The Mechanicus Knight, Slayersword 2014

    Volomir: Are you a regular on painting forums or websites in the internet? Do you have your work in places like CoolMiniOrNot or Putty&Paint? Have you been participating in Golden Demon a lot?

    Richard: I'm a member on CoolMiniOrNot and Warseer, although I have a bad habit of hardly ever posting anything. You can find me under the name “Demonrich”, which has no relation to my Golden Demon! I've used that name online since Half Life 2 first came out as I needed an online name!

    I entered Golden Demon a few times in the 90s, and finally got a Silver Demon for my Keeper of Secrets in the Fantasy Monster category in 1999. That was the last time I entered a painting competition until now.

    Volomir: Do you think there is a difference between the way that miniatures are painted in the UK and the rest of the world, especially in Europe?

    Richard: This is a tough question for me to answer as I don't pay too much attention to where each model comes from. I sometimes think that many models from Europe are more flamboyant and colourful than the UK, but I could be wrong!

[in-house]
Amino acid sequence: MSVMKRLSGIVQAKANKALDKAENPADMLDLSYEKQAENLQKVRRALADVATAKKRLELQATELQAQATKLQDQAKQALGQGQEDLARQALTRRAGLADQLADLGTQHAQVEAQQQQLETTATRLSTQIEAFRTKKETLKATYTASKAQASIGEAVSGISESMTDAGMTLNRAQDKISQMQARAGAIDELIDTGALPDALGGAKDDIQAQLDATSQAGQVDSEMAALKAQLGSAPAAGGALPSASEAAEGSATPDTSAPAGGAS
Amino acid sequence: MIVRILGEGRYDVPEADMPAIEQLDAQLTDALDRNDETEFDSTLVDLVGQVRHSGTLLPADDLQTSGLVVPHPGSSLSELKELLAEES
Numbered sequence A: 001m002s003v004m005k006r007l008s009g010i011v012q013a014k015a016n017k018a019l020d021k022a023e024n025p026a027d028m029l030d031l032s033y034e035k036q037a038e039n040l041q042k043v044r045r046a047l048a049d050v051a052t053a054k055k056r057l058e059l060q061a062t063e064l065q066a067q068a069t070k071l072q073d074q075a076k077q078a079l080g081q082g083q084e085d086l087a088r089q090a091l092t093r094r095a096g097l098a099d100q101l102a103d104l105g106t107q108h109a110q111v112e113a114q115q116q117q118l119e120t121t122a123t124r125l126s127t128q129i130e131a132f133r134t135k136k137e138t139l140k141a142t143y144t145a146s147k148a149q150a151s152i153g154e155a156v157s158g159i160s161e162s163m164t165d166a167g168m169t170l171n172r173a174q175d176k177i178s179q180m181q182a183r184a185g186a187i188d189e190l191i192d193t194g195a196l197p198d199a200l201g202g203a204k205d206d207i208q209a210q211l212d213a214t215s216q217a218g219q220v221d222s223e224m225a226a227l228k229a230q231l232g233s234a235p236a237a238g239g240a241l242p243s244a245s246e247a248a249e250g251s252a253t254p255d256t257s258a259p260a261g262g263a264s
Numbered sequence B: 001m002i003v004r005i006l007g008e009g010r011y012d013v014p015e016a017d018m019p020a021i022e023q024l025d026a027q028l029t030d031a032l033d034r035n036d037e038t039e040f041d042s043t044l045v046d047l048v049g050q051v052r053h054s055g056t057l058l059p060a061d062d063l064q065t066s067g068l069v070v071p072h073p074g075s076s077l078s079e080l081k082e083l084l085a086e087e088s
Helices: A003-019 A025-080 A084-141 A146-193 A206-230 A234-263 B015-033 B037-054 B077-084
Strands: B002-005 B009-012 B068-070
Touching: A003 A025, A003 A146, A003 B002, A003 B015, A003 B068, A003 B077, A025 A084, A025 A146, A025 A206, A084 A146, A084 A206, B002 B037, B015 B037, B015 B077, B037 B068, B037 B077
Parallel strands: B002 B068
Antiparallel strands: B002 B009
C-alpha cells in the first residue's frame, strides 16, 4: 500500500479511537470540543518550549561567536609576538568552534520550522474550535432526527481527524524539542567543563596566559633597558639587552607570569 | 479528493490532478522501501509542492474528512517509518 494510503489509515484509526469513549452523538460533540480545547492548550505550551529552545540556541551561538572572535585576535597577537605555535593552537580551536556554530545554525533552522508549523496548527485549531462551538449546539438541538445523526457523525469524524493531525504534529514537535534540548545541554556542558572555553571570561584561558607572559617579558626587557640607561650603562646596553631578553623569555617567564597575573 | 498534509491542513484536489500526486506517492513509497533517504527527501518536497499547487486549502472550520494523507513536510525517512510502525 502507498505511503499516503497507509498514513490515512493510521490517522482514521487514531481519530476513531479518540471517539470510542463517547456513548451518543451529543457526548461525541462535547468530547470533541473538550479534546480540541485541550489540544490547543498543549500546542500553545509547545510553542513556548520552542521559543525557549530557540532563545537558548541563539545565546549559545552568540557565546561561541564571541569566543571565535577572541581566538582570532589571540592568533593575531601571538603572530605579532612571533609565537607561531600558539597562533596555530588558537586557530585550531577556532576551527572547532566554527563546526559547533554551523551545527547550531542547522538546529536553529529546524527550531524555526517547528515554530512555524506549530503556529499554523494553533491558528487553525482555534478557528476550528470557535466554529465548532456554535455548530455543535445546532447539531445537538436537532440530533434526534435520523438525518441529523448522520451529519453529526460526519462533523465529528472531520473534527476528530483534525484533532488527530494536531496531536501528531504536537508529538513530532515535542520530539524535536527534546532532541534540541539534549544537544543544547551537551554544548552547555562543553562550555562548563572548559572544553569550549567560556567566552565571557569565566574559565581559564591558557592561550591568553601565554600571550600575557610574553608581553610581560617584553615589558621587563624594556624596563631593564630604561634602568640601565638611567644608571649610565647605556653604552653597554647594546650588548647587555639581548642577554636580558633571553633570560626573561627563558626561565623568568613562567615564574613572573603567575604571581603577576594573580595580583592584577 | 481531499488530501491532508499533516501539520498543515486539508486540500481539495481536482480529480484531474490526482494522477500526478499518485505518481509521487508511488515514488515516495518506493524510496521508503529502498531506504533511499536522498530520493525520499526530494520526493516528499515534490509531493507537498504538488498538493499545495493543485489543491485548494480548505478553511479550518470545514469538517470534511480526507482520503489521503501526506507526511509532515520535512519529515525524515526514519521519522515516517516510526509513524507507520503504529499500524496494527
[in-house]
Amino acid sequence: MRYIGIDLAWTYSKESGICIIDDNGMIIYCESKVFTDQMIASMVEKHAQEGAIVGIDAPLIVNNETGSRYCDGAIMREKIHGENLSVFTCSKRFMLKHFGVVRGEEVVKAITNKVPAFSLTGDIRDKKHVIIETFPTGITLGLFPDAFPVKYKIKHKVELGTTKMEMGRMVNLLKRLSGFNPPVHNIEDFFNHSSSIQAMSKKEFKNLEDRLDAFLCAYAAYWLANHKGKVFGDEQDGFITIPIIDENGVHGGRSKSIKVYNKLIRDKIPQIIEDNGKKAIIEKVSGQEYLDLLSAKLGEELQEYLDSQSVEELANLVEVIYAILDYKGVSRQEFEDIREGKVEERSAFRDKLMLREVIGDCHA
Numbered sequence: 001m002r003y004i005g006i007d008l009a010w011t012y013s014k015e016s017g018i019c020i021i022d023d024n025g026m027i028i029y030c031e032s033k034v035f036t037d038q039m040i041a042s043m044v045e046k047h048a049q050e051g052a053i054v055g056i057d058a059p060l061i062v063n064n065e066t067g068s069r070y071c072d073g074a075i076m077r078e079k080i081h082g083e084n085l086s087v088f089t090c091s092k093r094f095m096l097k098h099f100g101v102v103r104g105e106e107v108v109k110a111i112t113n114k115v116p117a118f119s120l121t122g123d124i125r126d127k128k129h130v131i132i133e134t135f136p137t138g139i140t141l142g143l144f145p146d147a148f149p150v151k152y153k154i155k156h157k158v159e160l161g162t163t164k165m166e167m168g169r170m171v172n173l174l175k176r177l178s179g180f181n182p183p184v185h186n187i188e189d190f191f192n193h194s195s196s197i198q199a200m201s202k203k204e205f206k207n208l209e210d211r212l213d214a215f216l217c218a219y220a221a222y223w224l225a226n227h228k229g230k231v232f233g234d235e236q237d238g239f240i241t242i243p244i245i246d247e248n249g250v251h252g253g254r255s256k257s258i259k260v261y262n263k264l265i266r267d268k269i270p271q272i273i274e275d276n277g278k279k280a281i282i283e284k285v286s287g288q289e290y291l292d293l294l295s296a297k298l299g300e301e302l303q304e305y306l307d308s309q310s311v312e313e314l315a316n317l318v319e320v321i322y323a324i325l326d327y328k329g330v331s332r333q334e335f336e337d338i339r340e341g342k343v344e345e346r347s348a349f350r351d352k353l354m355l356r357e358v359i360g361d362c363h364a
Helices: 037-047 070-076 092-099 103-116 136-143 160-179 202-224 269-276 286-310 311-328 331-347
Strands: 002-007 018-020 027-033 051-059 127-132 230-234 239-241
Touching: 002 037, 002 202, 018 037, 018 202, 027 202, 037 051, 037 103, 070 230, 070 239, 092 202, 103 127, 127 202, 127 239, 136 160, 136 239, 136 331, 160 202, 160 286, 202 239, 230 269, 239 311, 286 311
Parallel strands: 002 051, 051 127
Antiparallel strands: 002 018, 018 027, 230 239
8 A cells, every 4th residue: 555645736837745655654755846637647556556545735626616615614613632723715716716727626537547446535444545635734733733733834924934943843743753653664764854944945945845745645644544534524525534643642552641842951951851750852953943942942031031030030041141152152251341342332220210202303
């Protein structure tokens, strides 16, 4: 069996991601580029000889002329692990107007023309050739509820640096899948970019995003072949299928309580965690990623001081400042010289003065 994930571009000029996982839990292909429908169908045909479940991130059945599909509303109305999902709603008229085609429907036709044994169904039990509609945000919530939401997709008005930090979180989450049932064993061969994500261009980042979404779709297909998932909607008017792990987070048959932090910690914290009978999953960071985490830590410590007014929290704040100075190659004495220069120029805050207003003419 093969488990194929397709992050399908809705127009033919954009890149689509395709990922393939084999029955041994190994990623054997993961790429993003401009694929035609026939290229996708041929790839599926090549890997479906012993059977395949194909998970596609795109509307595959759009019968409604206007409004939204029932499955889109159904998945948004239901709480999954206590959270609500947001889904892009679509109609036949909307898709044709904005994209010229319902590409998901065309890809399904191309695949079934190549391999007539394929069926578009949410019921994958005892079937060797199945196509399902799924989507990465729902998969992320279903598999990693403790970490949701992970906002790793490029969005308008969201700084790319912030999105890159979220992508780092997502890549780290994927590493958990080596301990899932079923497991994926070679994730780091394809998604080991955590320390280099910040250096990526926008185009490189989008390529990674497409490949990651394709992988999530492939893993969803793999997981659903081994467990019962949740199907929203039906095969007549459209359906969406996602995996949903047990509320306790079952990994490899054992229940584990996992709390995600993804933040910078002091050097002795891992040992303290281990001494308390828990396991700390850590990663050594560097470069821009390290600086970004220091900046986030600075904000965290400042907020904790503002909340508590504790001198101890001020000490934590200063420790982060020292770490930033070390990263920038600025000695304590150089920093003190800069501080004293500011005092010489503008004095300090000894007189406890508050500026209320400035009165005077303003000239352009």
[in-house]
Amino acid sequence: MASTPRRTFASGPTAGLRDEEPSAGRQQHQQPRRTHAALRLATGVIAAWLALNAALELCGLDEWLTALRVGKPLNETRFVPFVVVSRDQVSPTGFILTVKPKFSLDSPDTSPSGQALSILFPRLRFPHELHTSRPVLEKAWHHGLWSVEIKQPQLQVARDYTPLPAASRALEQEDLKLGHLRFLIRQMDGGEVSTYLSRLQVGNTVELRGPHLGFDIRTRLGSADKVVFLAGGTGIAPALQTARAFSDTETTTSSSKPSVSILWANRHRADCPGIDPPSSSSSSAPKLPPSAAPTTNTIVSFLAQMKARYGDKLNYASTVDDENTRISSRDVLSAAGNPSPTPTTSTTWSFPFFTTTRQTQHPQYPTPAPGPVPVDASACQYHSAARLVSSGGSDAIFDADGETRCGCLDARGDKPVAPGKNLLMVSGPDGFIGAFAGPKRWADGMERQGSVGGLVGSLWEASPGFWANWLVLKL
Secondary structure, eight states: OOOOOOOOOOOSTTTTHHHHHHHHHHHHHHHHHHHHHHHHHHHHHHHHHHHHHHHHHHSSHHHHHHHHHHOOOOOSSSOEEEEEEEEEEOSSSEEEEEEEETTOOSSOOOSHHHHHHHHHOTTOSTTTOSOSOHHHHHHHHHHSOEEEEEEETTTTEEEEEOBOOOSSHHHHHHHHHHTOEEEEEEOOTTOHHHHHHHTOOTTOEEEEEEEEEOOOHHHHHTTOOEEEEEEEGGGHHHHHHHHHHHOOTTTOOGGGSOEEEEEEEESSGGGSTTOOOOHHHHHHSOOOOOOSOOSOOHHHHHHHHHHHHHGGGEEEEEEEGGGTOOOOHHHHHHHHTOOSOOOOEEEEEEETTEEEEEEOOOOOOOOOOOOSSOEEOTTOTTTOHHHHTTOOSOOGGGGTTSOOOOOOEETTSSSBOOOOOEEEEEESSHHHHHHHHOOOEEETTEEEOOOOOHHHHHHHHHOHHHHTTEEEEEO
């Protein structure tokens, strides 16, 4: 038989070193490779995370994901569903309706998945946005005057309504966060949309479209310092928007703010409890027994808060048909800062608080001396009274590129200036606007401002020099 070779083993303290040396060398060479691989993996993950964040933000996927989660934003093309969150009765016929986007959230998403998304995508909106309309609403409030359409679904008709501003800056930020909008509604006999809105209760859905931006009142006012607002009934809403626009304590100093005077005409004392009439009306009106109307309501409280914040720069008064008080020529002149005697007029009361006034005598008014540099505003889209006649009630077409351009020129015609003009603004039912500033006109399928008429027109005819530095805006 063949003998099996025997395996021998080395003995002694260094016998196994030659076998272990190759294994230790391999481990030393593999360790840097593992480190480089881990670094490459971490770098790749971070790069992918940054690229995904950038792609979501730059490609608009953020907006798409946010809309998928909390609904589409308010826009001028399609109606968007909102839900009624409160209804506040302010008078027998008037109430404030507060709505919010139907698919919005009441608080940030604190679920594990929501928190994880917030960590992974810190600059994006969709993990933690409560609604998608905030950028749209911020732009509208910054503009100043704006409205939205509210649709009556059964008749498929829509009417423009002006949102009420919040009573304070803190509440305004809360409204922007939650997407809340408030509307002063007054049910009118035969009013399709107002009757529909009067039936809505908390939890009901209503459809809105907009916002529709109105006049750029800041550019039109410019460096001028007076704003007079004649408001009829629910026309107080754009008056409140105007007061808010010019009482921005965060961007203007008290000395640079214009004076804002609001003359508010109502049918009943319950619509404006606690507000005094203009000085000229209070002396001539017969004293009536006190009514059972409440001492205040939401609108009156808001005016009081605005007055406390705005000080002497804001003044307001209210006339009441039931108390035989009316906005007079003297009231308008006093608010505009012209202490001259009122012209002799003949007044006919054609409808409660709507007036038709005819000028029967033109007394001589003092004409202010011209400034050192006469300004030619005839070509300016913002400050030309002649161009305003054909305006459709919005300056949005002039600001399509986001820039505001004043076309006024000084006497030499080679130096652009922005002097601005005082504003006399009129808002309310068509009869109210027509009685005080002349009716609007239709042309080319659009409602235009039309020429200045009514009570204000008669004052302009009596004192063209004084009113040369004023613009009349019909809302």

Two-headed Dragon

    Volomir: How was winning the Slayer Sword for you? How did you feel? Did you see it coming at any point during the day?

    Richard: It is hard to describe the feeling; my mind went blank and my mouth dropped open. I hope no-one caught a photo of me then as I'm pretty sure I looked like a fool! Once I got the sword I was over the Moon, and just wanted to get home to show my family.

    The idea of winning the sword during the day never entered my head. It was quite funny really as I saw the judges looking at the finalists on the table and my model was off to the side with some other finalists while they were examining three others. I just thought I wasn't even being considered for a trophy. I wasn't disappointed as my aim was to get a finalist this year. It had been a long day for me and I was looking forward to leaving early to get some rest. Also I wanted to go home and get a closer look at a Forge World Knight Lancer I had bought myself.